SBBSMNMF
Shark Bay Beach Seine and Mesh Net Managed Fishery (WA)
SCEMF
South Coast Estuarine Managed Fishery (WA)
SWCBNF
South West Coast Beach Net Fishery (Order) (WA)
WCEMF
West Coast Estuarine Managed Fishery (WA)

Indigenousb,c

a Queensland – Indigenous (management methods) In Queensland, under the Fisheries Act 1994, Indigenous fishers are able to use prescribed traditional and non-commercial fishing apparatus in waters open to fishing. Size and possession limits and seasonal closures do not apply to Indigenous fishers. Further exemptions to fishery regulations can be obtained through permits.

b Aboriginal Cultural Fishing Interim Access Arrangement—allows an Indigenous fisher in New South Wales to take in excess of a recreational bag limit in certain circumstances, for example, if they are doing so to provide fish to other community members who cannot harvest for themselves.

c Aboriginal Cultural Fishing authority—the authority to which Indigenous persons can apply to take catches outside the recreational limits under the NSW Fisheries Management Act 1994 (NSW), Section 37 (1)(c1), Aboriginal cultural fishing authority.

Toggle content

Catch Chart

Commercial catch of Sea Mullet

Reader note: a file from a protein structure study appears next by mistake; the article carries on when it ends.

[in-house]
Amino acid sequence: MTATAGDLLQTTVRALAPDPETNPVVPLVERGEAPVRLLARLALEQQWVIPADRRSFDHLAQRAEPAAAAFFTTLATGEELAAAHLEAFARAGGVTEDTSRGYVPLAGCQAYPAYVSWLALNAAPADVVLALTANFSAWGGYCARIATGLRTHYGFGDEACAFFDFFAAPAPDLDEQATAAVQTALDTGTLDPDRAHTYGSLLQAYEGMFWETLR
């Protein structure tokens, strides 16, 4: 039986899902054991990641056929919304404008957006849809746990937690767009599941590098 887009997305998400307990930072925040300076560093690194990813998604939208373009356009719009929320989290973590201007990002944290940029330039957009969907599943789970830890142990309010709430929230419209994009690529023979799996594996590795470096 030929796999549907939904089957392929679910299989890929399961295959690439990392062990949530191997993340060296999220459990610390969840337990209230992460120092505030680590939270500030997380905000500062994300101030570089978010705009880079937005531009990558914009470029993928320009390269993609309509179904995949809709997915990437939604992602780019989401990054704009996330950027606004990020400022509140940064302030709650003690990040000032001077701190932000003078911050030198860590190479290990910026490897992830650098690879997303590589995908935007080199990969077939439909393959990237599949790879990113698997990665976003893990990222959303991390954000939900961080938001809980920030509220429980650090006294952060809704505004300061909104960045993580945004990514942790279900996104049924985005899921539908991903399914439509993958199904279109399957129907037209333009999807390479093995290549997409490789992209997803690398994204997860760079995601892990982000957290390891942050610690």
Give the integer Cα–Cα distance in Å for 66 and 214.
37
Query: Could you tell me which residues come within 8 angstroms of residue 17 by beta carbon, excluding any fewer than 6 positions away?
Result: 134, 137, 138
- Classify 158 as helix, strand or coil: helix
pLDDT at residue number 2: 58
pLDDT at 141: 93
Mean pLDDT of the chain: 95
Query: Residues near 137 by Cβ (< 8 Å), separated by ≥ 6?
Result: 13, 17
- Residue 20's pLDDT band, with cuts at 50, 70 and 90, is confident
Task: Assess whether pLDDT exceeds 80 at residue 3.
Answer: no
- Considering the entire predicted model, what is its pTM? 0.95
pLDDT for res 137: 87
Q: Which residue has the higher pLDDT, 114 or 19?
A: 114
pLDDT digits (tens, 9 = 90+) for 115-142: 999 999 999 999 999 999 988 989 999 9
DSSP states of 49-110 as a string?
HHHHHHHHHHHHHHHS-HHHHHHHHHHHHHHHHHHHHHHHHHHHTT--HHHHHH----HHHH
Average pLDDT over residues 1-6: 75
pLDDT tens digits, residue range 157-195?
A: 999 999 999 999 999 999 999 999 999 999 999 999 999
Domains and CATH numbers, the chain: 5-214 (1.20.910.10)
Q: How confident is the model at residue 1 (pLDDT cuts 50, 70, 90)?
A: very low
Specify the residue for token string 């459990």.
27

Toggle content

Effects of fishing on the marine environment

  • The main fisheries for Sea Mullet use beach seining. This fishing method is highly targeted and as a result there is very little bycatch in these fisheries10. In Queensland, the component of by-product caught in estuarine gillnets in the Sea Mullet fishery is less than 20 per cent by number, and much of this is retained and marketed11.
Toggle content

Environmental effects on Sea Mullet

  • Sea Mullet penetrate far up rivers, often into fresh water, and barriers to fish passage (such as weirs and dams) can reduce the amount of habitat available to the species. Being highly dependent on riverine and estuarine habitats12, Sea Mullet populations are vulnerable to fluctuations in water quality. Eutrophication and hypoxia can cause significant fish kills.
Toggle content

References

  1. 1 Kesteven, GL 1953, Further results of tagging sea mullet, Mugil cephalus Linnaeus, on the eastern Australian coast, Australian Journal of Marine and Freshwater Research, 4: 251–306.
  2. 2 Thomson, JM 1951, Growth and habits of the sea mullet, Mugil dobula Gunther, in Western Australia, Australian Journal of Marine and Freshwater Research, 2: 193–225.